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May 2016
 

The Bellinghman
Date: 2008-04-03 11:26
Subject: Usually it's the other way round
Security: Public
Cyclists often rightly complain that other road users don't always see them. This is a problem - a number of collisions occur when vehicles pull out or cut across in front of them.

But this case is different: Cyclist doesn't see stationary van.

nil nisi bonum and all that, but <cynical>I can only think that, the van being stopped at a pedestrian crossing, the cyclist was too intent on running the red light and knocking over a pedestrian or two ...</cynical>
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User: knell
Date: 2008-04-03 11:54 (UTC)
Subject: (no subject)
Keyword:bibendum
It's easier than you might think. Don't forget that cycling in towns is a very high-concentration exercise - if you're in a car, for instance, people generally don't pull out in front of you (too often), but if you're on a bike people will often do things like starting to pull out before you've gone past because "hey, a bike is only narrow", or pulling out of parking spaces, or whatever. This is very distracting, and while distracted by someone dicking around in a BMW and pulling out of a parking space I ran into the back of a Smart stopped at a zebra crossing a while ago. No damage done, but it can easily happen. People sometimes forget that a bike can be doing 30 or 40 kph quite easily, and assume they're able to stop within 1 metre.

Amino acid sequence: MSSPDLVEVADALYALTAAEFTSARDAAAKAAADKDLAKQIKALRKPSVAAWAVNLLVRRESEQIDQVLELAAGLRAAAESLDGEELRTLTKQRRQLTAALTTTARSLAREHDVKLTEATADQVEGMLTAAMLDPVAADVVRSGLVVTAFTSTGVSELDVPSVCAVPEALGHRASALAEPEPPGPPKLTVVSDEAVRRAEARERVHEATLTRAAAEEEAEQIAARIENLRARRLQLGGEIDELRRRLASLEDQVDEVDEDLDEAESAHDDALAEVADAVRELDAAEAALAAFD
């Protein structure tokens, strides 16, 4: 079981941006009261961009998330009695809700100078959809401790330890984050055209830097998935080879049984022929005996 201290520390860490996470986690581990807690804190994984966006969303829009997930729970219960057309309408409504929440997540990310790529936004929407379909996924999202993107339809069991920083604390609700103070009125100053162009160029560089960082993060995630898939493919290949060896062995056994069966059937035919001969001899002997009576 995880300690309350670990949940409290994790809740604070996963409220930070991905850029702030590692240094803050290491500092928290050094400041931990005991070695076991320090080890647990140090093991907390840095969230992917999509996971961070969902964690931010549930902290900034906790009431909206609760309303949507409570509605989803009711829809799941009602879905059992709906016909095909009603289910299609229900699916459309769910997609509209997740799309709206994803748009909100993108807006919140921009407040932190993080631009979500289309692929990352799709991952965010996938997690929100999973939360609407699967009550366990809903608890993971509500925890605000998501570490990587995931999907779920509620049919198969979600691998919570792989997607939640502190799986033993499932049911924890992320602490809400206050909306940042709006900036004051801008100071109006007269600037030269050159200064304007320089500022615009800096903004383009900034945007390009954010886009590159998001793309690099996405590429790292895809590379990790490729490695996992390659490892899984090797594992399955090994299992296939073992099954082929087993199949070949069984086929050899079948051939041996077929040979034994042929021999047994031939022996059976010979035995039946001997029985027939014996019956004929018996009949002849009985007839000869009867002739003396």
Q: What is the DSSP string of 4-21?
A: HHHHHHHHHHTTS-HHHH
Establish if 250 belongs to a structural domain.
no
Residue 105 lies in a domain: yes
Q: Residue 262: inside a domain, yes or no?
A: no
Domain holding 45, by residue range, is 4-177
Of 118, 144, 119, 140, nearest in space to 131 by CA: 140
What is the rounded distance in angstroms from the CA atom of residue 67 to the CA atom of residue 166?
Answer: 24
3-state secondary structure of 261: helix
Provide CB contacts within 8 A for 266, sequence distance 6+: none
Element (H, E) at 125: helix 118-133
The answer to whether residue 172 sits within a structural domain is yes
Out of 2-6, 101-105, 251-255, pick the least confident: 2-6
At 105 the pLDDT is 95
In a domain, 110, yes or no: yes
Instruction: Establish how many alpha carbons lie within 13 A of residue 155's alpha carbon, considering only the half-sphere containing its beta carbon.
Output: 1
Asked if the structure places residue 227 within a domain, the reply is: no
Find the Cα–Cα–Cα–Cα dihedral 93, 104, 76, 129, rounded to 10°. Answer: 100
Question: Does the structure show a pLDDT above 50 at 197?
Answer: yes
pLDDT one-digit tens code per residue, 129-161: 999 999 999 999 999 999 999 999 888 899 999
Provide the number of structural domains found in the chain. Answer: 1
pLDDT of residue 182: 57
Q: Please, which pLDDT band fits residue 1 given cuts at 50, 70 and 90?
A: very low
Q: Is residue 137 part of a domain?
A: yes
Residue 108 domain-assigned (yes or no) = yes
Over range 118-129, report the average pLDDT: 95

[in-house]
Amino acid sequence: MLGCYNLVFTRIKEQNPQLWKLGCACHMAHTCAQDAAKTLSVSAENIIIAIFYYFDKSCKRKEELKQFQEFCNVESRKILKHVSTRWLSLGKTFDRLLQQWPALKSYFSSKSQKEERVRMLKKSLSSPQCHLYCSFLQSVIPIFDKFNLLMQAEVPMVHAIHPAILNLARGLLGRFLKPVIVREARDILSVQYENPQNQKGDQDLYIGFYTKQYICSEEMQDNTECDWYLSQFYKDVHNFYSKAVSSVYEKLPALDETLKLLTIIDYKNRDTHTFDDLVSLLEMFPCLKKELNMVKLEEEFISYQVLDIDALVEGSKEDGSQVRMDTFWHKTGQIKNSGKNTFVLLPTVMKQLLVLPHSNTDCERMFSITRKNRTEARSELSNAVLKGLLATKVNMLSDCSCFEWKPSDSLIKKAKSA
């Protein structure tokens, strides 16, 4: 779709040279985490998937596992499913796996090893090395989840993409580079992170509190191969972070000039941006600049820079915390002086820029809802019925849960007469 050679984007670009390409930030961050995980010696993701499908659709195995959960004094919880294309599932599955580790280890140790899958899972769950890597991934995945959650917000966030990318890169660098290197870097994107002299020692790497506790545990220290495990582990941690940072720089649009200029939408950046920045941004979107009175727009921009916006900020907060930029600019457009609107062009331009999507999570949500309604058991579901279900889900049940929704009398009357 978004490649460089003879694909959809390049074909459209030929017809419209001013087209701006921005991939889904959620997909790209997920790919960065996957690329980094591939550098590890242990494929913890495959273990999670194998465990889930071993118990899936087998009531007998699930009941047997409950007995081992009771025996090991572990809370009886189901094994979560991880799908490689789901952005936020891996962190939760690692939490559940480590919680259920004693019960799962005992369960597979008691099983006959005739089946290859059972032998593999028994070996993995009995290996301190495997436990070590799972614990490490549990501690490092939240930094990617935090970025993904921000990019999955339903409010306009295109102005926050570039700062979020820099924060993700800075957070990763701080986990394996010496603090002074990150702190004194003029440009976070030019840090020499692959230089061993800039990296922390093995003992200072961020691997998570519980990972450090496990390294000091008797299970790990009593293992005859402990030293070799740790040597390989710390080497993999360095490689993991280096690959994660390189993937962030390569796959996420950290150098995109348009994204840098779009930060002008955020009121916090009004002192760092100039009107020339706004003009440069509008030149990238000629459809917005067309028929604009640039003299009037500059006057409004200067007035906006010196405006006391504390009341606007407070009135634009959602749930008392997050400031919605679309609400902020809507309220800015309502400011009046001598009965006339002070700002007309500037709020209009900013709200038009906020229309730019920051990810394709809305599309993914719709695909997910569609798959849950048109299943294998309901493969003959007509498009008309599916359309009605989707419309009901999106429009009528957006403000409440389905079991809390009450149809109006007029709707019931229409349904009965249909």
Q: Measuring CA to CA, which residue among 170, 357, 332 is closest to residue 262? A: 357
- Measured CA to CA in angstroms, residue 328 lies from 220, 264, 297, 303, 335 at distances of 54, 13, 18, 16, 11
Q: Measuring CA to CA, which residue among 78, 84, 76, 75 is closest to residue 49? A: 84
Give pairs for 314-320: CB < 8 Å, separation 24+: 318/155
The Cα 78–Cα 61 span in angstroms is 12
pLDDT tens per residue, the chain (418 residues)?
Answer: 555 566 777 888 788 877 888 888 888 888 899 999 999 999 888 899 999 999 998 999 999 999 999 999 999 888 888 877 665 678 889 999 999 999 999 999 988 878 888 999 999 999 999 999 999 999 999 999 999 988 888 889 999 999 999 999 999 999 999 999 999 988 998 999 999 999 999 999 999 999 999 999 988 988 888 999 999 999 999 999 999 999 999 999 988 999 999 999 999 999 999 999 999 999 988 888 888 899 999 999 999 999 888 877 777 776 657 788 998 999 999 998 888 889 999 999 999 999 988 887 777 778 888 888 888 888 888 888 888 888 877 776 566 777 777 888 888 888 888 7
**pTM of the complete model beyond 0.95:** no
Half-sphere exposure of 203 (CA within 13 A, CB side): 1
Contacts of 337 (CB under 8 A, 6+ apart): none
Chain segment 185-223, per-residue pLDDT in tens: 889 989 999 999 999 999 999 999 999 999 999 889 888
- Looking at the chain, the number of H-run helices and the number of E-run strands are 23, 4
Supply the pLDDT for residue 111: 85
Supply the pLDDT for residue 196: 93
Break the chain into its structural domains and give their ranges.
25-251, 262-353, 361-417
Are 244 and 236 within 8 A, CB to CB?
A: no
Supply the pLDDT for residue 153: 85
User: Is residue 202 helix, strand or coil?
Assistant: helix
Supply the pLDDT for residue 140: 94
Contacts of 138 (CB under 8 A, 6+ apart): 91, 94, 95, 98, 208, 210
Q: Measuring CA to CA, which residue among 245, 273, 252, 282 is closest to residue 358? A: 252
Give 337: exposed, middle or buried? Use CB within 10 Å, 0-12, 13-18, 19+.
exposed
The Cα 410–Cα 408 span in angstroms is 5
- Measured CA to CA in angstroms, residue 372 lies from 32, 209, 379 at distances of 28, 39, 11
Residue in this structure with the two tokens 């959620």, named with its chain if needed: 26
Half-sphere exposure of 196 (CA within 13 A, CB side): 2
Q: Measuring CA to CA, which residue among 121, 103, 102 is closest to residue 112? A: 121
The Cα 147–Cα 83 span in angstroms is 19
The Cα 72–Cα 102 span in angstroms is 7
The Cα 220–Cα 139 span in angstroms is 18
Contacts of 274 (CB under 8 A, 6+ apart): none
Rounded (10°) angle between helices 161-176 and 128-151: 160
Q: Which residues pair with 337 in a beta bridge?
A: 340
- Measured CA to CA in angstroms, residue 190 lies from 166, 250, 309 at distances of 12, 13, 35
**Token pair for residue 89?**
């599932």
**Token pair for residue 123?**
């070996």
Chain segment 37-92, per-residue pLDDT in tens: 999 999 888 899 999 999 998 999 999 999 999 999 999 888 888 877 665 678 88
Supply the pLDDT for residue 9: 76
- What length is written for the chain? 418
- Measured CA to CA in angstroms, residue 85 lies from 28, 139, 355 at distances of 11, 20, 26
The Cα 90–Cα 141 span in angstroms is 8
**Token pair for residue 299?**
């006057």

And yes, I stop religiously at red lights. No, I don't ride on the pavement. No, I don't ride the wrong way down one way streets. Or do any of the other things drivers seem to use as an excuse to spread the hatin'.

Edited at 2008-04-03 11:55 am (UTC)
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The Bellinghman
User: bellinghman
Date: 2008-04-03 12:22 (UTC)
Subject: (no subject)
I ran into the back of a Smart stopped at a zebra crossing